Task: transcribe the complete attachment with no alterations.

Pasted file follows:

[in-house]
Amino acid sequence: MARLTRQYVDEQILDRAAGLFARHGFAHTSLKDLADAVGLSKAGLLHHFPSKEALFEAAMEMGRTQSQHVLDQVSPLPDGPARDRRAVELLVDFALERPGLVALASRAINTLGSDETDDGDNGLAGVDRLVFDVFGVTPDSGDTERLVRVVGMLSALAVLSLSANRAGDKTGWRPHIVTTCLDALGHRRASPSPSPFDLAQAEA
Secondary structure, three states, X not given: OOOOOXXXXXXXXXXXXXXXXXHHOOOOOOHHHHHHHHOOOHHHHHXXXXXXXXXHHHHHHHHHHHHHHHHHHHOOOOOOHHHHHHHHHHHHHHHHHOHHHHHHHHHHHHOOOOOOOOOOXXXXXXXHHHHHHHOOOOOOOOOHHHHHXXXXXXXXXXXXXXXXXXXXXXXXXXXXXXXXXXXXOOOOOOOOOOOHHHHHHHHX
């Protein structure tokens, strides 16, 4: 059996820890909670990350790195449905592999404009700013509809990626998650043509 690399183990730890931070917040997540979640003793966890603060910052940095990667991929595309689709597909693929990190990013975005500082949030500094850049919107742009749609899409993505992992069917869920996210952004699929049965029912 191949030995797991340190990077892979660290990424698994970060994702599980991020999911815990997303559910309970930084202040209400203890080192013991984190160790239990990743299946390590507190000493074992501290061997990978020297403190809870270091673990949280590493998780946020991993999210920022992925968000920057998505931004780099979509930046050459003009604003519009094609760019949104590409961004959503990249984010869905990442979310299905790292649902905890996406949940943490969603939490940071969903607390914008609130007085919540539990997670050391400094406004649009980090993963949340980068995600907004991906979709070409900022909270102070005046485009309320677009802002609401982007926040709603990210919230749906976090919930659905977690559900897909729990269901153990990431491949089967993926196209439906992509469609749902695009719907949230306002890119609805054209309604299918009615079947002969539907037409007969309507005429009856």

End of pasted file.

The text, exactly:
[in-house]
Amino acid sequence: MARLTRQYVDEQILDRAAGLFARHGFAHTSLKDLADAVGLSKAGLLHHFPSKEALFEAAMEMGRTQSQHVLDQVSPLPDGPARDRRAVELLVDFALERPGLVALASRAINTLGSDETDDGDNGLAGVDRLVFDVFGVTPDSGDTERLVRVVGMLSALAVLSLSANRAGDKTGWRPHIVTTCLDALGHRRASPSPSPFDLAQAEA
Secondary structure, three states, X not given: OOOOOXXXXXXXXXXXXXXXXXHHOOOOOOHHHHHHHHOOOHHHHHXXXXXXXXXHHHHHHHHHHHHHHHHHHHOOOOOOHHHHHHHHHHHHHHHHHOHHHHHHHHHHHHOOOOOOOOOOXXXXXXXHHHHHHHOOOOOOOOOHHHHHXXXXXXXXXXXXXXXXXXXXXXXXXXXXXXXXXXXXOOOOOOOOOOOHHHHHHHHX
């Protein structure tokens, strides 16, 4: 059996820890909670990350790195449905592999404009700013509809990626998650043509 690399183990730890931070917040997540979640003793966890603060910052940095990667991929595309689709597909693929990190990013975005500082949030500094850049919107742009749609899409993505992992069917869920996210952004699929049965029912 191949030995797991340190990077892979660290990424698994970060994702599980991020999911815990997303559910309970930084202040209400203890080192013991984190160790239990990743299946390590507190000493074992501290061997990978020297403190809870270091673990949280590493998780946020991993999210920022992925968000920057998505931004780099979509930046050459003009604003519009094609760019949104590409961004959503990249984010869905990442979310299905790292649902905890996406949940943490969603939490940071969903607390914008609130007085919540539990997670050391400094406004649009980090993963949340980068995600907004991906979709070409900022909270102070005046485009309320677009802002609401982007926040709603990210919230749906976090919930659905977690559900897909729990269901153990990431491949089967993926196209439906992509469609749902695009719907949230306002890119609805054209309604299918009615079947002969539907037409007969309507005429009856």